I kept a number of ferrets in my youth; they are absolutely fascinating animals and make wonderful pets. My brother worked them, something I wasn’t too keen on – memories of Watership Down seriously affected my view of rabbiting. Instead of hunting, I far preferred the day-to-day care and breeding of my mustelid pets.

Recently, I wrote a piece on keeping ferrets and ferreting for Country Smallholding Magazine, and it reawakened memories of one particularly spooky ferreting expedition many years ago.

At that time, in the late 1980’s, we lived in Cuffley, a commuter village (within sight of Canary Wharf). Right behind our home lay miles and miles of beautiful Hertfordshire countryside with numerous rabbit warrens for our jill ferret (named Bobby, after the stroppy teen character in Home & Away) to explore.

One extremely good rabbiting spot was on the banks of a large pond. It literally swarmed with rabbits.

On an early summer evening we (me, my brother and a friend called Russell) all set off across the fields with our ferret in her travelling box and armed with our rabbiting nets.

When we reached the desired spot, shaded by pine trees, Marc and Russell disappeared into the thick undergrowth (with ferret and nets) and I sat on a fallen pine branch and ‘kept watch’ for the farmer!

Several minutes later, a couple of wide-eyed rabbits streaked past me, fleeing from the tiny musky terror that had so rudely invaded their home.

I could hear my brother and Russell arguing in the bushes.

“You didn’t peg the net down properly…”

“Yes, I did…”

Suddenly I became aware of a strange humming sound that seemed to fill the evening air.

Intrigued by what was making the hypnotic noise I jumped down off of the branch and walked out onto the dusty track.

Looking down it, I couldn’t quite believe my eyes, for coming towards us – sweeping across the meadow – was a group of figures.

The tall figures were all dressed in shimmering white cloaks and hoods.

I raced back to my brother and Russell with a similar countenance to the terrified rabbits that had just run past me.

“You’ve got to get out of there, the Klu Klux Clan are coming!!”

“The what?”

“There’s loads of blokes in white cloaks coming towards us…”

My brother and his friend clearly thought I was joking and continued rabbiting.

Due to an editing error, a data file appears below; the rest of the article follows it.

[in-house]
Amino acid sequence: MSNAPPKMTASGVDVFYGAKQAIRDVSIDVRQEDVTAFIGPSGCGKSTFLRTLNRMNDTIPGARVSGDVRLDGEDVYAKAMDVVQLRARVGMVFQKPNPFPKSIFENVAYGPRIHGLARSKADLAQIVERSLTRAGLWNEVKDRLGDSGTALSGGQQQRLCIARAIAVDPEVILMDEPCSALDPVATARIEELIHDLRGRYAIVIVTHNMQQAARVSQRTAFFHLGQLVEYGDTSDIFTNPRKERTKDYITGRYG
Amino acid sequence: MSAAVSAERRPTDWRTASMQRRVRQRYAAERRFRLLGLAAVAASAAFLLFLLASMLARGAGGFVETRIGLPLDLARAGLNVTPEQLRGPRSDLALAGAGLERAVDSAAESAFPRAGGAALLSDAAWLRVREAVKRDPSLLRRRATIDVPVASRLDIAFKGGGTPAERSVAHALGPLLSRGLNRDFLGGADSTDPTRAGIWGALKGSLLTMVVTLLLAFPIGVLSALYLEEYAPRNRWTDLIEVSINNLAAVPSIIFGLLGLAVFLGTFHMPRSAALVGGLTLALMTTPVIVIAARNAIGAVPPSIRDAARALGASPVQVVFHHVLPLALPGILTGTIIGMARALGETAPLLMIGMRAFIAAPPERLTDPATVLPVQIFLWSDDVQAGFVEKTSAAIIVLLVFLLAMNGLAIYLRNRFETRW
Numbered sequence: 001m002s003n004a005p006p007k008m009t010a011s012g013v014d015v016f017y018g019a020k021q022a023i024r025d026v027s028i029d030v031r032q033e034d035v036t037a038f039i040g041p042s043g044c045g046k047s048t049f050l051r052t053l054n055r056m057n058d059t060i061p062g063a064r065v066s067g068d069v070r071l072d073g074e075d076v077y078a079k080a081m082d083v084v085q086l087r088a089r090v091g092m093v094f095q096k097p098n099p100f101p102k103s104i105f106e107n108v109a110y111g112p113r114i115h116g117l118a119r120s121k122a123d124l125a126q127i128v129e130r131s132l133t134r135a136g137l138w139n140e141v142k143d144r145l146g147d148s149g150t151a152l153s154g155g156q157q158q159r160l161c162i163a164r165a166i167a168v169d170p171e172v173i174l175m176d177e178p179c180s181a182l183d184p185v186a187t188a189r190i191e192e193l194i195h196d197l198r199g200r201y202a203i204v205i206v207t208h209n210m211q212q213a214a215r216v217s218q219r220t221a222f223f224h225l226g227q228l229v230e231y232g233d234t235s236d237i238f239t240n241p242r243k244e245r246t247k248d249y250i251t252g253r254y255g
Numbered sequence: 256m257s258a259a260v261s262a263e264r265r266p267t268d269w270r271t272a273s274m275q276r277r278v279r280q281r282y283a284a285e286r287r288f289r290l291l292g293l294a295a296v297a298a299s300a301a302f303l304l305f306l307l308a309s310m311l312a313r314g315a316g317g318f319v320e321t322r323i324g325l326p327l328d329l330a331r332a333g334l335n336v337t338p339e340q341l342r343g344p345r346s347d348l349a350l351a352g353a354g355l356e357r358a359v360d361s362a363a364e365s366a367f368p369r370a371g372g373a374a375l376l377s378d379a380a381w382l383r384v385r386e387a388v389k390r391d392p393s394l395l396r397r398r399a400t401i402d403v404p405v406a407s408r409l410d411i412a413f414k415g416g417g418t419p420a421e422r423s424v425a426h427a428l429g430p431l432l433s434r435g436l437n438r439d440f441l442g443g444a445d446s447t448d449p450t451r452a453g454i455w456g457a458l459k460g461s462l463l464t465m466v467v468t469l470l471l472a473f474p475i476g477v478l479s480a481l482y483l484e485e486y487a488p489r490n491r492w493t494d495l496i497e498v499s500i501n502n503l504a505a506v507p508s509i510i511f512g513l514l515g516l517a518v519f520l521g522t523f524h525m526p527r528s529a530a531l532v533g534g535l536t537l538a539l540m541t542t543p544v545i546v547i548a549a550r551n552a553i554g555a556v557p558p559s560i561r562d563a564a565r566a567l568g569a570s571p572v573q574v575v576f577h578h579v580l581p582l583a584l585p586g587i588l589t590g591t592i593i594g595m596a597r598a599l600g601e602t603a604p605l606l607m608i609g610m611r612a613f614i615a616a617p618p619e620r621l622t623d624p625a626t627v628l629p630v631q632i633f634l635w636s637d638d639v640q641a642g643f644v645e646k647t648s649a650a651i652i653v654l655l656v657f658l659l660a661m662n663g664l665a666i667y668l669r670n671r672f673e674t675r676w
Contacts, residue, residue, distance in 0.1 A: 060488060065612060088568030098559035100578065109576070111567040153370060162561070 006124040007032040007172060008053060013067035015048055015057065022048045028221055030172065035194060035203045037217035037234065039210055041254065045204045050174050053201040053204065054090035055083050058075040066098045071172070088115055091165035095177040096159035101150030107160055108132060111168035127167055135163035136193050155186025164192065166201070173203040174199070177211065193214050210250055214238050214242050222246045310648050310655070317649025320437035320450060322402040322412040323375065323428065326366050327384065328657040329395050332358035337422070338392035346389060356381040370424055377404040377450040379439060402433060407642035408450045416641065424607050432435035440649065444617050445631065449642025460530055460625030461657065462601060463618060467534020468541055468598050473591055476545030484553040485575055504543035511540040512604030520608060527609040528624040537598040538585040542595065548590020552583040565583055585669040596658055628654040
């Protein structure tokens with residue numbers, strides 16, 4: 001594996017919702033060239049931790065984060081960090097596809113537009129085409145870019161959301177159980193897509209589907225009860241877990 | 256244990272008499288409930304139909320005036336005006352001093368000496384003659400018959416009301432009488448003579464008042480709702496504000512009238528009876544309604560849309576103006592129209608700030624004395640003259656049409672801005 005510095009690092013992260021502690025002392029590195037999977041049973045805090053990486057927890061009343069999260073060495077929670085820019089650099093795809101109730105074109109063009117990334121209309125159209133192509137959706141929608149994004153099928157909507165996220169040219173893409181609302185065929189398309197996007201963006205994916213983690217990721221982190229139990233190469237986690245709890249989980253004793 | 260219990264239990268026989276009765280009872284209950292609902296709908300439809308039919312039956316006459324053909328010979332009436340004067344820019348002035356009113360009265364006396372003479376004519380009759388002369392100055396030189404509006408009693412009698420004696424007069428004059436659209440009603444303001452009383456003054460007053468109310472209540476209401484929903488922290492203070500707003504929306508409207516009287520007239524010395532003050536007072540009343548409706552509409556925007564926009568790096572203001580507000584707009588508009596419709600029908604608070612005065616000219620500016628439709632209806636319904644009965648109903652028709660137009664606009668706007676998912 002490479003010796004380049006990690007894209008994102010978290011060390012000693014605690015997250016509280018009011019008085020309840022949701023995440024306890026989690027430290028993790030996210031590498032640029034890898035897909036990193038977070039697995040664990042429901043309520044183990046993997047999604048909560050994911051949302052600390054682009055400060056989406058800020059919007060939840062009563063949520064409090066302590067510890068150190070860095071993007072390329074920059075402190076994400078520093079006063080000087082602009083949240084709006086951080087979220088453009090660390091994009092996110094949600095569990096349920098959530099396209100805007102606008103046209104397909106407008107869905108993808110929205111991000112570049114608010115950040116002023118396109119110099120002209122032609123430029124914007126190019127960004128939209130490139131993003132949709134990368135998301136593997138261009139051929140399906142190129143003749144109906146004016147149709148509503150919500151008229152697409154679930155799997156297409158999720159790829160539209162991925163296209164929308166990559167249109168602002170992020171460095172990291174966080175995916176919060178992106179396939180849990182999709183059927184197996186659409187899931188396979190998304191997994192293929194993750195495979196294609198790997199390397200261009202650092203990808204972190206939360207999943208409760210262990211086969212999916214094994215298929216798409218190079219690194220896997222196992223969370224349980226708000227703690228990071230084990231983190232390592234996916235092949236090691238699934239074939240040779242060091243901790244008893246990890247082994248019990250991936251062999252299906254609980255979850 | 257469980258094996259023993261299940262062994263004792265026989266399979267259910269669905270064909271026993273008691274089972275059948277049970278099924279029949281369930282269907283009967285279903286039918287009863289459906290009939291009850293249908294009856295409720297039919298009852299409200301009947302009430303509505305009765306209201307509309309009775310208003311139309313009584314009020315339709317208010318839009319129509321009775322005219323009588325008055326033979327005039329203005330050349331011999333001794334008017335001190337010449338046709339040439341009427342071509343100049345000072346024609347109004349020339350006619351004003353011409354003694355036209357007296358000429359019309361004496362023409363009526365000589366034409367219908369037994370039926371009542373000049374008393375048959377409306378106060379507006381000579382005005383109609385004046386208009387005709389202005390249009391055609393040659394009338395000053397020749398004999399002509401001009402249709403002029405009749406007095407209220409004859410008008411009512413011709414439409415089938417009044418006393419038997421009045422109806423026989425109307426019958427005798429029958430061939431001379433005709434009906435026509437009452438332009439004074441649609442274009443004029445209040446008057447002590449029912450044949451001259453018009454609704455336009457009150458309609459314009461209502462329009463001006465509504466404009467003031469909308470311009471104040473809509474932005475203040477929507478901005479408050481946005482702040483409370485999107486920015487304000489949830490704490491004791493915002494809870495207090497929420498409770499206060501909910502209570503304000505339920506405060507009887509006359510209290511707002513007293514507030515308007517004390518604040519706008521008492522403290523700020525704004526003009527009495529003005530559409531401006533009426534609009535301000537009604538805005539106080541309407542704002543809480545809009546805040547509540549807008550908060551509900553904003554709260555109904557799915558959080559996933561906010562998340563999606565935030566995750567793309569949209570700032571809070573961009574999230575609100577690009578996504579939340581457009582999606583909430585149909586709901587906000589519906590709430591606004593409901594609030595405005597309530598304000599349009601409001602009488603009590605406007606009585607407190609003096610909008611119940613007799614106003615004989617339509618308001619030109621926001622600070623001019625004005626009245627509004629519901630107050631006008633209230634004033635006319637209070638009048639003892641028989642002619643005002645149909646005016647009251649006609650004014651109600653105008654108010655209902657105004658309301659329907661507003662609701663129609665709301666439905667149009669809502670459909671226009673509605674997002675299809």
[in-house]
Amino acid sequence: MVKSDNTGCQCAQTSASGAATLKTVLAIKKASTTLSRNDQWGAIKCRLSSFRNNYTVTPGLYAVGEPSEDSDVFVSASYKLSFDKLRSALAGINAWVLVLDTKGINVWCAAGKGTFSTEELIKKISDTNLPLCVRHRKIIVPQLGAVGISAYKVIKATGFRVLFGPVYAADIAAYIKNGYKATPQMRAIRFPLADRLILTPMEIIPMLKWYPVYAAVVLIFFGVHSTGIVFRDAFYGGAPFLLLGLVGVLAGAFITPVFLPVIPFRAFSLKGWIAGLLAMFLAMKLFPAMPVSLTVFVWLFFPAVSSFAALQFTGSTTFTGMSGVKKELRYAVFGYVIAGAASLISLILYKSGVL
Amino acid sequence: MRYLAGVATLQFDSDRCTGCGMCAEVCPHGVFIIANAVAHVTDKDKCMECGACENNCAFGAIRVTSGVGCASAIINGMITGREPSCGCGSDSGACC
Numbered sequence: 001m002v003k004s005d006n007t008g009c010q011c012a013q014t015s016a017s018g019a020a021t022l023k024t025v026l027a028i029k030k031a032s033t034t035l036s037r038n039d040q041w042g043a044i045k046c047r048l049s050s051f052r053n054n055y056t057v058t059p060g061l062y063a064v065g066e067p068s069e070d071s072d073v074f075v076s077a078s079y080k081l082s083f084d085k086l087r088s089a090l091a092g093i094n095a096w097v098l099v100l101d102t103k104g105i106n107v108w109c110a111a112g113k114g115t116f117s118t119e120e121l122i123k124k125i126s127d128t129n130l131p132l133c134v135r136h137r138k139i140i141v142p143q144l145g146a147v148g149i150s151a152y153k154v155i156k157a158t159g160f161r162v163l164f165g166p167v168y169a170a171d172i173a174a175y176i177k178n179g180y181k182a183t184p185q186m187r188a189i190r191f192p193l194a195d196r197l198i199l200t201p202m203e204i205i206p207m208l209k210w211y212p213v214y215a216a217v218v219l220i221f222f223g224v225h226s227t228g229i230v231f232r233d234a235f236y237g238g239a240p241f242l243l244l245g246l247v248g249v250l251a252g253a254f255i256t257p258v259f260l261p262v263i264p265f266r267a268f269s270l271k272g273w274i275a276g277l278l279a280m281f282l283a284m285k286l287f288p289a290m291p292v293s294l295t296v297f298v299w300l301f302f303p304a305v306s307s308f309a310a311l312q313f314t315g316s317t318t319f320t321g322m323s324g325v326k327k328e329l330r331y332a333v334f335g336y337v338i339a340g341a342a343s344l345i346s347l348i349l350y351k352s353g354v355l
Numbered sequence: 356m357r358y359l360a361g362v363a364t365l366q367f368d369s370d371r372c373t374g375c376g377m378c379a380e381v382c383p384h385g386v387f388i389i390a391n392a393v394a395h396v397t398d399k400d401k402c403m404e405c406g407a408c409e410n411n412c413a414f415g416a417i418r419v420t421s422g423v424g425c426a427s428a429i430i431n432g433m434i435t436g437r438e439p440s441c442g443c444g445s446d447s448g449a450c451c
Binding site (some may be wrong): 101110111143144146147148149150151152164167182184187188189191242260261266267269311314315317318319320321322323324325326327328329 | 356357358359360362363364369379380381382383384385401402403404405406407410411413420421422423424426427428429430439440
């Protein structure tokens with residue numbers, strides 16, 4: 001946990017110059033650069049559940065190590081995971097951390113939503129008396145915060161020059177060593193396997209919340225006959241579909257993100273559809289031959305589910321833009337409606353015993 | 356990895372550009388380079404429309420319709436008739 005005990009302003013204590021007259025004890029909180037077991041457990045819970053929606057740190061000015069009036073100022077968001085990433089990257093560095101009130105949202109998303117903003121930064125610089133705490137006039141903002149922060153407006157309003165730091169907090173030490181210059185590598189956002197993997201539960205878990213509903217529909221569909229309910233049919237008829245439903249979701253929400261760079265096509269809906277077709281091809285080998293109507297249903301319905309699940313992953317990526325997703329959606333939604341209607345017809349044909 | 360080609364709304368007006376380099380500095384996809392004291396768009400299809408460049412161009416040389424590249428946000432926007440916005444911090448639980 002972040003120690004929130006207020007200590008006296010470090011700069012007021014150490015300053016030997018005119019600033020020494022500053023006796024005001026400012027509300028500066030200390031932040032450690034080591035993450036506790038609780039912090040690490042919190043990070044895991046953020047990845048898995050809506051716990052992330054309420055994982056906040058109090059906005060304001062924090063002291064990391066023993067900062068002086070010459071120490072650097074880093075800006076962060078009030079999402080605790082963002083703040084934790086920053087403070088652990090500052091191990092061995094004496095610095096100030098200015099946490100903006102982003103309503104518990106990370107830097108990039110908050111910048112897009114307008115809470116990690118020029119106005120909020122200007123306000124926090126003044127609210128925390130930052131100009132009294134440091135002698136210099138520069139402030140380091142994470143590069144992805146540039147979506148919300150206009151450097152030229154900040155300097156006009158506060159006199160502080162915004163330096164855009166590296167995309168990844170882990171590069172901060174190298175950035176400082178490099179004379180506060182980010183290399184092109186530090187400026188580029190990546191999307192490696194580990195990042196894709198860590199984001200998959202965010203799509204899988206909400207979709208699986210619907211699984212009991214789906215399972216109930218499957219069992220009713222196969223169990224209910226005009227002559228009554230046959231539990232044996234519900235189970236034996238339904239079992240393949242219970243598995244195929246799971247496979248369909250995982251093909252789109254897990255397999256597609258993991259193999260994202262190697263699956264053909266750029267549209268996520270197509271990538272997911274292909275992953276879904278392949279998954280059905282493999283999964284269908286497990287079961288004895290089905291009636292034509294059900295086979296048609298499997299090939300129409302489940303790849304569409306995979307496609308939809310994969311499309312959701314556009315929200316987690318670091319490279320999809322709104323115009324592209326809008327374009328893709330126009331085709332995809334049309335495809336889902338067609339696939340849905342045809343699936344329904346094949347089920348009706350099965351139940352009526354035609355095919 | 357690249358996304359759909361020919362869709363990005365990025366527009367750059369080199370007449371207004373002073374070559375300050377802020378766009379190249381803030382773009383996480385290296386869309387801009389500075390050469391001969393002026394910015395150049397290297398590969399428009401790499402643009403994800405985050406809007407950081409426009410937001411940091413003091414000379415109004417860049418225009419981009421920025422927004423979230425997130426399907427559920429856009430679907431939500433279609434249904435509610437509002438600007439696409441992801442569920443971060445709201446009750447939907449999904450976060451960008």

“Seriously,” I yelled, “We have to go NOW!”

Something about the urgency in my voice obviouslyunsettled Russell who emerged from the undergrowth to have a look for himself.

He stood next to me, “so, where are…”

His voice trailed off as he took in the extraordinary sight of the humming cloaked figures moving slowly towards us.

He turned and raced back to my brother, “Marc, you’ve got to come now…I’m not joking.”

“I can’t get Bobby out the hole…”

“Then leave her there.” He yelled.

My brother finally emerged onto the track to take in the strange sight for himself.

Having seen enough, without a word, the two lads just took off across the field.

I simply couldn’t leave Bobby there, so I dived into the undergrowth just as her head appeared out of the burrow. I swept her up and raced after my brother and Russell.

We never did find an explanation for the bizarre cloaked procession – far from any roads – a sighting three separate individuals witnessed.

Maybe it was our just desserts for rabbiting without the farmer’s permission. If you are interested in ferreting please do get the landowner’s agreement. You can read more about ferreting and keeping ferrets from experts Bill Silk and Anthony Devine in my feature for Country Smallholding Magazine. I’ve also added some incredible photographs that sadly didn’t make the final cut.

Copyright Bill Silk
Copyright Bill Silk
Copyright Bill Silk
Copyright Bill Silk
Copyright Anthony Devine
Copyright Anthony Devine
Copyright Anthony Devine